RE: Discussion – Week 1 – Main Discussion Post
Main Discussion Post:
Post a brief description of your identified strengths and explain how and why they are beneficial in your role as a nurse leader-manager.
One critical component in healthcare quality, growth, and an environment fostering leadership is organizations recognizing employee strengths. It is a common practice to focus on identified weaknesses; however, Buckingham (2011) suggests that if the focus is centralized on only the problem and fixing it, the problem continues to build and build. After completing The Gallup CliftonStrengths assessment, my top five dominant signature themes include achiever, learner, futuristic, relator, and competition. Being cognizant of these themes helps a nurse leader identify their most significant potential in strength development (Rath, 2007). These strengths can assist leadership in yourself, as well as other employees, by gleaning a purposeful career. Utilizing your strengths paints a path for clear professional direction (Cooper & Cottrell, 2010). Scoring highest as an achiever, I have a constant desire for achievement (Rath, 2007). I will put in the endless hours needed to research needed data for a work plan, investigate to correlate the most appropriate evidence-based strategy for a grant application or provide a simplistic yet detailed timeline of the tasks required to complete to achieve an organizational goal. An achiever is an executive domain category; I know how to think outside of the box to achieve the goal or target at hand (Gallup, 2017).
Learner and futuristic themes scored second and third highest in best exemplifying my strengths. In public health, there is a revolving door of funding opportunities and budget restraints due to federal changes or cuts, signifying a leader bountiful in thinking of the big picture or future blueprints of the organizationâ€s capabilities. Both learner and futuristic tendencies fall into the strategic thinking domain and help the team stay driven on future possibilities (Gallup, 2017). Relator and competition round out the last two strength themes I uphold. Other employees feel as if they can relate to me, and I could be beneficial to them to counsel, brainstorm, or provide valuable insight (Rath, 2007). Having a competitive force in public health is invaluable when applying for competitive grants, it is the fuel that feeds my motivation to help our department propel.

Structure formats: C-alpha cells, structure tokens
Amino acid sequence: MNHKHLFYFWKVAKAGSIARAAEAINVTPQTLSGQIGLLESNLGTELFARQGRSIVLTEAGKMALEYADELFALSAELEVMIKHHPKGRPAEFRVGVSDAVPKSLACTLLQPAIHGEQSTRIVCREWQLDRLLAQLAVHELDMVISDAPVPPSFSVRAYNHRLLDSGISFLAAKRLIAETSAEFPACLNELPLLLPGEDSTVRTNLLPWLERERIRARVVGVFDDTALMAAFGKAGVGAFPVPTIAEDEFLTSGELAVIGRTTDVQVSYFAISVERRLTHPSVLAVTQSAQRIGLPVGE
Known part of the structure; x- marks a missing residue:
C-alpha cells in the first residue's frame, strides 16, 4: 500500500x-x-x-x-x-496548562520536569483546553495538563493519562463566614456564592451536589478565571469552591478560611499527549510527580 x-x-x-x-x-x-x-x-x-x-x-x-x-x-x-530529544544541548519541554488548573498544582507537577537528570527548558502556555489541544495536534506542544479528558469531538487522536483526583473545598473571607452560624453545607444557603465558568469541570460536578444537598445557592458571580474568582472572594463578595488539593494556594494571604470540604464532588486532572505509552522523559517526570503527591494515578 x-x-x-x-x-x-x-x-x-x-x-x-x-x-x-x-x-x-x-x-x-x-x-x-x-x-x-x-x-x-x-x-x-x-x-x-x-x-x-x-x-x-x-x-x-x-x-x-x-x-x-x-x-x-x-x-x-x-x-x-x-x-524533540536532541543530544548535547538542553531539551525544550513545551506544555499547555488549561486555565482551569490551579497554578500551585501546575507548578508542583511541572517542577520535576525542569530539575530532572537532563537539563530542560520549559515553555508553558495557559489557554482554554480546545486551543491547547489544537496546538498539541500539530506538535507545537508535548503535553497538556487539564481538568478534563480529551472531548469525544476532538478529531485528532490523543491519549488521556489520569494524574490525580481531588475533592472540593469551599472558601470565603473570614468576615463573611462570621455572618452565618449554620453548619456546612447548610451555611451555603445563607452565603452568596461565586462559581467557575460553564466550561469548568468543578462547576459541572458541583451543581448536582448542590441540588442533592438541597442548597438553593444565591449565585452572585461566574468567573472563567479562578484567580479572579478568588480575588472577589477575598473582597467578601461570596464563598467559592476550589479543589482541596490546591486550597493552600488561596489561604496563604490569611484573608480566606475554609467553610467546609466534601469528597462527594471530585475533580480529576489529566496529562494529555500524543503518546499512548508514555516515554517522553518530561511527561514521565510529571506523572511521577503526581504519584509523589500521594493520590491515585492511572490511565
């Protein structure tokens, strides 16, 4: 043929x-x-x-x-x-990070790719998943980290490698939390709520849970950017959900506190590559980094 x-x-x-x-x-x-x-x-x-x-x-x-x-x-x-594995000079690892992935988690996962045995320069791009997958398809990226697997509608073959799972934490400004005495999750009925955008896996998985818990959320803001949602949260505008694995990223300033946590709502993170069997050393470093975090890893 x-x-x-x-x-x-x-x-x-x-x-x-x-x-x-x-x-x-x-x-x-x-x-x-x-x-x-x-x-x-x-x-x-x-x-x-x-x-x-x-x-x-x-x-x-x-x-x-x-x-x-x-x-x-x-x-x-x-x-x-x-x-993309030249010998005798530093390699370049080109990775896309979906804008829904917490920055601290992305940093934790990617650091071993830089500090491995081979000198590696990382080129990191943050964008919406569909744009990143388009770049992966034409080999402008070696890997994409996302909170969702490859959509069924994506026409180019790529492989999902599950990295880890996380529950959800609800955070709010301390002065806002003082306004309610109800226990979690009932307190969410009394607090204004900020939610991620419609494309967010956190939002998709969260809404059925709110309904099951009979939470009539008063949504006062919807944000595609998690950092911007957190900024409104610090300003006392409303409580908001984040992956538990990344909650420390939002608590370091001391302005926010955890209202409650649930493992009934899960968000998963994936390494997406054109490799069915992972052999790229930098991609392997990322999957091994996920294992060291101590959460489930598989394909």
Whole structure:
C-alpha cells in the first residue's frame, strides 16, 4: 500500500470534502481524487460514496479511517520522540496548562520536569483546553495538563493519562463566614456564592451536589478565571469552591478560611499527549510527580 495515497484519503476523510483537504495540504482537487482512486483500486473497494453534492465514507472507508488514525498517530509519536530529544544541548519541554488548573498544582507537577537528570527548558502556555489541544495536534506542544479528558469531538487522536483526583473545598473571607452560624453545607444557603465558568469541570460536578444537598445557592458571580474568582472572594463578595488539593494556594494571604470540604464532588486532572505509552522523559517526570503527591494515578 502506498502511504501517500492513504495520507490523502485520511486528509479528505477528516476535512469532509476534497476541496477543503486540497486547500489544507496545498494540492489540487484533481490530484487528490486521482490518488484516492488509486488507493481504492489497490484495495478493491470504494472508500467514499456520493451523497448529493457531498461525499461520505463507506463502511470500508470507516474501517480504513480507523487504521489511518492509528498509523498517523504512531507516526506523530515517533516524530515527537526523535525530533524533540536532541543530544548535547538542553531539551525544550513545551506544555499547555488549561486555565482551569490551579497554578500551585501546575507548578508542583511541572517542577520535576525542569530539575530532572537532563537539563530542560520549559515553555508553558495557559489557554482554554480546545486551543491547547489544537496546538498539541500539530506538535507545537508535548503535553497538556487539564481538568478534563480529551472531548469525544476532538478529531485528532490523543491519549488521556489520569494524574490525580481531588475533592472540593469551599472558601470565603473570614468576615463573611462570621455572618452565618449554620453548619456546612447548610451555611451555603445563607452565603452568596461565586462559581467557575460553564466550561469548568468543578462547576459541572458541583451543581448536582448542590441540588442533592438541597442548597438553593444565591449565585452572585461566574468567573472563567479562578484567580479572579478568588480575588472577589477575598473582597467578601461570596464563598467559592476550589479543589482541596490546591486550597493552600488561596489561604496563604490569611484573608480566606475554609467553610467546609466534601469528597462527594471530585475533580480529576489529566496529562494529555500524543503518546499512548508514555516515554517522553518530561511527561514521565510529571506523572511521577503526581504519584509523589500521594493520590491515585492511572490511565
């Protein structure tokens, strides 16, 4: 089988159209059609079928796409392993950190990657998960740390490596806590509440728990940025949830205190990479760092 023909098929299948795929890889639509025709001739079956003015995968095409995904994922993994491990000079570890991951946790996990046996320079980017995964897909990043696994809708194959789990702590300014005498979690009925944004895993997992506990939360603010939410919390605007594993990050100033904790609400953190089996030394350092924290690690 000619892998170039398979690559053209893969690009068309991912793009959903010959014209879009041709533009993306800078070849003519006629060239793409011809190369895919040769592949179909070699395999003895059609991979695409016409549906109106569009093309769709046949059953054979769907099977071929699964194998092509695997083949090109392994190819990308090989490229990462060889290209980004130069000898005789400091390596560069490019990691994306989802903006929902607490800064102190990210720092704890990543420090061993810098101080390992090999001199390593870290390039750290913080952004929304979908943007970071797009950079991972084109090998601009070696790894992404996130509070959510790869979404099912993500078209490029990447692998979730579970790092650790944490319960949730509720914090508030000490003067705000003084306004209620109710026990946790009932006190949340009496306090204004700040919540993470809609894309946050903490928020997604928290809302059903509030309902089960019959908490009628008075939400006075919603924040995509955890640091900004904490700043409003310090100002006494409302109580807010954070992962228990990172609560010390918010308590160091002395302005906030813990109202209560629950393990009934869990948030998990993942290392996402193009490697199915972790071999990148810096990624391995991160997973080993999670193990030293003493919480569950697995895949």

Explain at least two strategies for applying your leadership strengths in a health care organization to improve quality and safety.
One of the most intriguing strategies for applying my leadership strengths in nursing is staying on my toes through risk-taking to enhance quality care. Taking a risk encompasses trying a new method to establish the same result benefiting the patient (Laureate Education, 2013d). If funding is reduced, how can our organization utilize community health workers (CHW) to provide competent services our current registered nurses (RN) are? CHW salaries are significantly cheaper than RN salaries, thus saving the organization dollars to provide the same outcome. Another essential leadership strength strategy is to take the time to self-reflect and be knowledgeable in my weaknesses. By doing so, I come to understand better other coworkers who excel in these areas providing a growth opportunity for both of us to work together on through coaching (Laureate Education, 2013d). Coaching yields a fulfilled environment full of motivation (Cooper & Cottrell, 2010). Lastly, the strategy that has taken time and patience to practice is releasing control and allowing other employees to assist in areas you never once dreamed of being teamwork. â€œIt is most important for a leader to have the willingness to give up controlâ€ (Laureate Education, 2013d). In doing so, the leader is now a nurse advocating as a change agent, generating growth, innovation, and quality opportunities for those they serve.
Buckingham, M. (2011). Strong leadership. Leadership Excellence, 28(1), 5.
Gallup. (2017). CliftonStrengths Domains. Retrieved from www.mycontent.gallup.com.
Cooper, H., & Cottrell, R. R. (2010). Charting your career path through clear professional values and purpose. Health Promotion Practice, 11(1), 13-15.
Laureate Education (Producer). (2013d). The nurse leader. Retrieved from https://class.waldenu.edu.
Rath, T. (2007). Strengths finder 2.0. New York, NY: Gallup Press.
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